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Bali Ha’i… was calling!

“Bali Ha’i may call you,
Any night, any day,
In your heart, you’ll hear it call you:
“Come away…Come away.”

Bali Ha’i will whisper
On the wind of the sea:
“Here am I, your special island!
Come to me, come to me!”

Your own special hopes,
Your own special dreams,
Bloom on the hillside
And shine in the streams.
If you try, you’ll find me
Where the sky meets the sea.
“Here am I your special island
Come to me, Come to me.”

Moorea is, as the tourist guides describe it, a magical island full of myths and legends. I could happily go on another exploration tomorrow, perhaps on one of the quad bikes which are rented to tourists, or on an exciting ascent of the mountains in one of the 4X4s. But there are other places left to visit and after crossing the International Date Line we are heading for Fiji.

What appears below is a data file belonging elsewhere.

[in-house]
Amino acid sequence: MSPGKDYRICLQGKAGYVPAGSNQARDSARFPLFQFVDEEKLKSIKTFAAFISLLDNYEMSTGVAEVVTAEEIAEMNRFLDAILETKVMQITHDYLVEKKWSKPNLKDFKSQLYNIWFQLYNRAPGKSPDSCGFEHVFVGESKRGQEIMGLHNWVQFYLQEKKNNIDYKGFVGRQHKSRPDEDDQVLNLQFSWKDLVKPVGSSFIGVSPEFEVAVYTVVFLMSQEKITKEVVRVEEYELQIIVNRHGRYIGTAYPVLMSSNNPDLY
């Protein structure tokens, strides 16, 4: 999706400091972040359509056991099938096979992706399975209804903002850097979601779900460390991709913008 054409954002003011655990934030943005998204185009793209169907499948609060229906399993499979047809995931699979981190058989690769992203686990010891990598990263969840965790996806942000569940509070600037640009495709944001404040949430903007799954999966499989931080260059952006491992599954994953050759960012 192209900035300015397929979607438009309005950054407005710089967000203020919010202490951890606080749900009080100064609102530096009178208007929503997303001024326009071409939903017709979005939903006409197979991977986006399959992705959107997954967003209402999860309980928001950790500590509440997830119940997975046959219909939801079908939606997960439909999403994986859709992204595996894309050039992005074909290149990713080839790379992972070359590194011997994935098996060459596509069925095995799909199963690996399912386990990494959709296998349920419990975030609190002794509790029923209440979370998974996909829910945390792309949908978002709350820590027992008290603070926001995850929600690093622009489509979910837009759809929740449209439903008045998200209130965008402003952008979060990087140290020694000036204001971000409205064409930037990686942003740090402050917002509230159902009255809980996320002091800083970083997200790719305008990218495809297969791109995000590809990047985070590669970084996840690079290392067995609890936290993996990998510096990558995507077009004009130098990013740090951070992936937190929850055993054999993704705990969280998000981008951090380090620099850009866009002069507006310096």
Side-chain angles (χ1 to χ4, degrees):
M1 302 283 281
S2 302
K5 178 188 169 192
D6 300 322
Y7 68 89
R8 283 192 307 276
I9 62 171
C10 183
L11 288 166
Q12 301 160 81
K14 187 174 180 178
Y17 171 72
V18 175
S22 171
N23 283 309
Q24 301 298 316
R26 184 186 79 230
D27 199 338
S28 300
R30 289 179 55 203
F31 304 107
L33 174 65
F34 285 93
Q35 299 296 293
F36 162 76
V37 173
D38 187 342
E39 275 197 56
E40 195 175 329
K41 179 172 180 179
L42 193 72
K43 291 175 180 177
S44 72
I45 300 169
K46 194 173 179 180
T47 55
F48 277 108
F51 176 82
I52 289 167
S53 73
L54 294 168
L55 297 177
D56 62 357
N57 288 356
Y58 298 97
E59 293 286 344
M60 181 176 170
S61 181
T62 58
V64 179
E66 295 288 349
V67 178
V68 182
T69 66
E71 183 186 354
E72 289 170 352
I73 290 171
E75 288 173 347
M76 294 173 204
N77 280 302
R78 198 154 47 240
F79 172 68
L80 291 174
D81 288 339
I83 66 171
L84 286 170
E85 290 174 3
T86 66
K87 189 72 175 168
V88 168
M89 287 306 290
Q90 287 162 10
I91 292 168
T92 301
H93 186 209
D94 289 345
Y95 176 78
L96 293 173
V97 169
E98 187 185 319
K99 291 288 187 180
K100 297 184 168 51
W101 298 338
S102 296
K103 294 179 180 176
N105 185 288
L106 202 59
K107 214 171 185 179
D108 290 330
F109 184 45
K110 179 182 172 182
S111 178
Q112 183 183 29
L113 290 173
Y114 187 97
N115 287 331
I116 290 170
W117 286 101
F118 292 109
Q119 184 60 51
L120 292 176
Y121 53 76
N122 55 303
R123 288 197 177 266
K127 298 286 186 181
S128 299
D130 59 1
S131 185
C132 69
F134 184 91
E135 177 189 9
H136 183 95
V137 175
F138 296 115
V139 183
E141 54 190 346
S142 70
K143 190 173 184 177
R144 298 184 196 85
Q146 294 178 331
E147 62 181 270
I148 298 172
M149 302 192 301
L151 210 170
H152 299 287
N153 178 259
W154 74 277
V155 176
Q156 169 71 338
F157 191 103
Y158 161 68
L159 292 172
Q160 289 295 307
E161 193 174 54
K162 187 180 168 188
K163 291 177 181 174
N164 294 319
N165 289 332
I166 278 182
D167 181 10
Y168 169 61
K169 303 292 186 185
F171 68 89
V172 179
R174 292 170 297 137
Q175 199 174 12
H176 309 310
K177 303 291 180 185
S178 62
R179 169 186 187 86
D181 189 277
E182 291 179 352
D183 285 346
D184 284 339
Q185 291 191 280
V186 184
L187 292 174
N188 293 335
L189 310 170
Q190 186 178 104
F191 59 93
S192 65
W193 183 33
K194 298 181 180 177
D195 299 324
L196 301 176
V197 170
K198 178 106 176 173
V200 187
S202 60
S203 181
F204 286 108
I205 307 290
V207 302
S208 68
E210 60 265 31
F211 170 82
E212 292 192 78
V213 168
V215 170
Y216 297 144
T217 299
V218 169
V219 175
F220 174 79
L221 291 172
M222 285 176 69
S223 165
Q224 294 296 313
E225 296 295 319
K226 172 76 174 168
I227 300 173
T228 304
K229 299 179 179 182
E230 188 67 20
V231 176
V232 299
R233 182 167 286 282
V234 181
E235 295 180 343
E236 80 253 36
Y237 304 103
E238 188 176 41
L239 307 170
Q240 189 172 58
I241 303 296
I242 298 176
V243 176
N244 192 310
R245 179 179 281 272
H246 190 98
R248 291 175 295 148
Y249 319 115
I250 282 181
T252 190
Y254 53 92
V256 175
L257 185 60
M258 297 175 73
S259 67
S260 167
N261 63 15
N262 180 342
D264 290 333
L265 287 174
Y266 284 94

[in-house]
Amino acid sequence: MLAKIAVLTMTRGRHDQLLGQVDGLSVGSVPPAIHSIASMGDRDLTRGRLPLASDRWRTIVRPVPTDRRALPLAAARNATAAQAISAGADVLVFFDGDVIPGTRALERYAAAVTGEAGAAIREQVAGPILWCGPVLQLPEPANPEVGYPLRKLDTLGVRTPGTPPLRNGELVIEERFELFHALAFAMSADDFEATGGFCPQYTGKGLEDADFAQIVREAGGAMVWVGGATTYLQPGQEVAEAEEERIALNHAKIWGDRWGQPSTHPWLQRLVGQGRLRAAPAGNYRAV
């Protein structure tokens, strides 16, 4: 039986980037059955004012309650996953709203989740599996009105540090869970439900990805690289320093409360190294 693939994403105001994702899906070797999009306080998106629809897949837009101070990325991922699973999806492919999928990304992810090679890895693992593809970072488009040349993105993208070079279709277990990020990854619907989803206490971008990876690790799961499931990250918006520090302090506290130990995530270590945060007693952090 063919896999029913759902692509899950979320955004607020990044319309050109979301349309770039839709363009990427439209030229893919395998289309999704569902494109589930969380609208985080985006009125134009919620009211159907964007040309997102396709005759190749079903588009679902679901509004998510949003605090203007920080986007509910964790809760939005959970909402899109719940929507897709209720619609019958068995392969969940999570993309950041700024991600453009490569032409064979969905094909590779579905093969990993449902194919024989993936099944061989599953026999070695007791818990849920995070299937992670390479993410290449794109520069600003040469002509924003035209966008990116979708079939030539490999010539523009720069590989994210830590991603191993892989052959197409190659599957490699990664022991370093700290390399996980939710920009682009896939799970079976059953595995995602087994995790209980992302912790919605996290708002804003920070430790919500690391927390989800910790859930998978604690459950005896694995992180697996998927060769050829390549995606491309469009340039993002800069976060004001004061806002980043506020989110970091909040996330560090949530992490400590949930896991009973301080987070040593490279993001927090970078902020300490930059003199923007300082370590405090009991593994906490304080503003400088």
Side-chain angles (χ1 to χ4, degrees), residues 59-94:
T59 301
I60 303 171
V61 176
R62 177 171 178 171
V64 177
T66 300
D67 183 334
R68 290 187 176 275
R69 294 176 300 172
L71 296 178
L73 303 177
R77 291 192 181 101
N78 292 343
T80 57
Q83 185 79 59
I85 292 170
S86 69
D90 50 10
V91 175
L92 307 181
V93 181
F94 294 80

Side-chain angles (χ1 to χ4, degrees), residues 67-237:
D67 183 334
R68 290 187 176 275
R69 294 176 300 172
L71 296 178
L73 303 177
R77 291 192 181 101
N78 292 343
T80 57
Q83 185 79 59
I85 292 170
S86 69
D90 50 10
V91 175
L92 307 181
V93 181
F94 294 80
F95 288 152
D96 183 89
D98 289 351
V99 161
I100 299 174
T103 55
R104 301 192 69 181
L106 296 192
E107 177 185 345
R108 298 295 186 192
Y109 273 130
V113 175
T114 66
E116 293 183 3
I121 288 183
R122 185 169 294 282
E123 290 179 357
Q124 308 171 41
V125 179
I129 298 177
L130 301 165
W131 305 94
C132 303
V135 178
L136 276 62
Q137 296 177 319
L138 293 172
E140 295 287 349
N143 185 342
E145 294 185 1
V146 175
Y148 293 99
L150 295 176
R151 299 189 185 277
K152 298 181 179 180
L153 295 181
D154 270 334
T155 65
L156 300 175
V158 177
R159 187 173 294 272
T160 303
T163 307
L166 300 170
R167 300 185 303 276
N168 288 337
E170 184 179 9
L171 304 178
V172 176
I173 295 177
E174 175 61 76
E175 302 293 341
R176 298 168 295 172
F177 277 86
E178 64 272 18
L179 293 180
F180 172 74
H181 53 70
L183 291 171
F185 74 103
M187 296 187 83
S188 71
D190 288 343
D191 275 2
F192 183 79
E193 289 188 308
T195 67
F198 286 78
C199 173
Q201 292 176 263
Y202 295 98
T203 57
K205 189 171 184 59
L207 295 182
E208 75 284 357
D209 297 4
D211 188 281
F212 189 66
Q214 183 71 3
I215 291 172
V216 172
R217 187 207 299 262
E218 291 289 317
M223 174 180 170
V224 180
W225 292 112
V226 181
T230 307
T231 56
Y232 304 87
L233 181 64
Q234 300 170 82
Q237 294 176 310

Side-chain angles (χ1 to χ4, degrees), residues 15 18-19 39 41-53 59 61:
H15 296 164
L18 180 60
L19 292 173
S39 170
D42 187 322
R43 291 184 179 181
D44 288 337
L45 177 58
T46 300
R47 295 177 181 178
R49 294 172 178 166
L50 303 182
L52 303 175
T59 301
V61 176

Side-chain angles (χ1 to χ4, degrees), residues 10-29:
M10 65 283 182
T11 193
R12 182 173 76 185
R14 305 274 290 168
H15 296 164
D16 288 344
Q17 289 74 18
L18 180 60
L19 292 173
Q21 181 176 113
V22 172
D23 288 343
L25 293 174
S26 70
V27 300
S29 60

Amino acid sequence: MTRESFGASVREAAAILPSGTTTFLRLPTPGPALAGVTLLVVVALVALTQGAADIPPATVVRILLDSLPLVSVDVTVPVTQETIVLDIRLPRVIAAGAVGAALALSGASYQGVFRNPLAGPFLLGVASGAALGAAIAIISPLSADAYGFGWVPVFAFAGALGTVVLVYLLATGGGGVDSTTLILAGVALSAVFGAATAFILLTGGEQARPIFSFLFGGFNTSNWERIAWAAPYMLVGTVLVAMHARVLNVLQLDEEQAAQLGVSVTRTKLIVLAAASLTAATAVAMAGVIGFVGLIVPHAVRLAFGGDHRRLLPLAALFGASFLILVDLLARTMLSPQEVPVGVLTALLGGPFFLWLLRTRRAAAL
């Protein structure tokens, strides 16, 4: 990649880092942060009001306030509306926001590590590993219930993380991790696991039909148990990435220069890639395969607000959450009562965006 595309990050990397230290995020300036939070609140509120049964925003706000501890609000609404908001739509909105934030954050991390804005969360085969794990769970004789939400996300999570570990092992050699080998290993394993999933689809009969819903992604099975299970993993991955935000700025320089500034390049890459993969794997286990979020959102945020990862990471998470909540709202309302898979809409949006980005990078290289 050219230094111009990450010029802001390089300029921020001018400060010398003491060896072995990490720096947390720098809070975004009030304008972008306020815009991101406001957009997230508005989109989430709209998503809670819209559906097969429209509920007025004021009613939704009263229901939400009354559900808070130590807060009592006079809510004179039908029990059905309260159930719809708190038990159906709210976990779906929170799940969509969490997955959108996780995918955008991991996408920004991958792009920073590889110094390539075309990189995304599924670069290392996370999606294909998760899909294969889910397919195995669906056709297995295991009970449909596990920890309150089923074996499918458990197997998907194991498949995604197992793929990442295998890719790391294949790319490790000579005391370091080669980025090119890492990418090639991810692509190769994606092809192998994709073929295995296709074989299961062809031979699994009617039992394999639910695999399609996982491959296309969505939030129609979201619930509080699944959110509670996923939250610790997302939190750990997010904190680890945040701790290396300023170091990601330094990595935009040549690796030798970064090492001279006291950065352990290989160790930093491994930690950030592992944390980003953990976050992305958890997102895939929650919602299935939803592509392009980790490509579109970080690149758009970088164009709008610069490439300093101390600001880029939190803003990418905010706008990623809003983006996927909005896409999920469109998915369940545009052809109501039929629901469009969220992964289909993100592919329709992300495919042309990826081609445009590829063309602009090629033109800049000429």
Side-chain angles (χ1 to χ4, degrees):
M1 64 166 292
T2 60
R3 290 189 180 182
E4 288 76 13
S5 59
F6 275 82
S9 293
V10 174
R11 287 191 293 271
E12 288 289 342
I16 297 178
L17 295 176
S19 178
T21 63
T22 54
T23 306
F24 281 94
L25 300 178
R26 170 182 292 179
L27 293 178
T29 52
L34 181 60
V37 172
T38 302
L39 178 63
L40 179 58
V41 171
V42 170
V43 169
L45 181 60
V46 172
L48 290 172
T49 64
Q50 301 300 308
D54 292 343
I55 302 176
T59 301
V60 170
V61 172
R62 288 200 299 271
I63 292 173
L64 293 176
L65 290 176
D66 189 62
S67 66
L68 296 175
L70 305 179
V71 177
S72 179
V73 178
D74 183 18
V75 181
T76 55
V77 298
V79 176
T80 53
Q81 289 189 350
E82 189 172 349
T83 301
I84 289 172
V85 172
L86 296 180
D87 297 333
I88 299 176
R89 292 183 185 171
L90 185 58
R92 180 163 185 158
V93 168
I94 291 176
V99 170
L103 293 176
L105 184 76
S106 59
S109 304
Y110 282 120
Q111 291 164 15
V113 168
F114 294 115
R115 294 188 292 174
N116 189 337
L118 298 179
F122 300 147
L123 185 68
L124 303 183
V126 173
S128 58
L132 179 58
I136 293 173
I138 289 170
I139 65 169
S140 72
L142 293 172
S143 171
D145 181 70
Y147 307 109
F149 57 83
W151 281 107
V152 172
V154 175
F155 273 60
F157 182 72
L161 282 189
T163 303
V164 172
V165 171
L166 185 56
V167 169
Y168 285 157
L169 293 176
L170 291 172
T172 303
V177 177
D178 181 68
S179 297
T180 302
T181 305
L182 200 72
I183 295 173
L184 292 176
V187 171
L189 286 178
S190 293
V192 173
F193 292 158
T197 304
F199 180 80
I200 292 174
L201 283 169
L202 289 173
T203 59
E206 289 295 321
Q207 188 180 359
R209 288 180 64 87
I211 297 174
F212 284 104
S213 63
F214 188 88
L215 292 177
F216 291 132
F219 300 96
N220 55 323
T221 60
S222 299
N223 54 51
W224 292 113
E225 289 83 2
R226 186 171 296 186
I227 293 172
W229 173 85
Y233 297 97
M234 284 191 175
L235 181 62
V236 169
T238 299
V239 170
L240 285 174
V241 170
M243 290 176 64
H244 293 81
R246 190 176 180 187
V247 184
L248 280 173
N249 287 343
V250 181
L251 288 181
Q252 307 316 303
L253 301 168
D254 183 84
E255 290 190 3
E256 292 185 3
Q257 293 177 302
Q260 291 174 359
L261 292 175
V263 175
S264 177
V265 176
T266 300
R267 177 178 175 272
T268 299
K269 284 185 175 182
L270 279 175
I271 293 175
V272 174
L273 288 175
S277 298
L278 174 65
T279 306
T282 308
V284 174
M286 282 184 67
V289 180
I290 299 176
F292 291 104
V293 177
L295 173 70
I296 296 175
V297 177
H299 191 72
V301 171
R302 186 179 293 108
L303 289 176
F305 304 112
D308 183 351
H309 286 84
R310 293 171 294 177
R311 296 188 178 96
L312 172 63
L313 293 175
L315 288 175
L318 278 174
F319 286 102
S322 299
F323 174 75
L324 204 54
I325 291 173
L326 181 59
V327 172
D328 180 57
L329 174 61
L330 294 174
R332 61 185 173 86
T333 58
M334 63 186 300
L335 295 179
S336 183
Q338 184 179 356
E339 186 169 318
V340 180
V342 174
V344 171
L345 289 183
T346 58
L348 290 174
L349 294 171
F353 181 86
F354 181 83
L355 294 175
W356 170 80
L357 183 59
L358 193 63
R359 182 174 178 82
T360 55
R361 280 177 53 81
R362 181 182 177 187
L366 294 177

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Enjoying the lagoon… and… and… “Some enchanted evening…”
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But our ship was waiting to sail…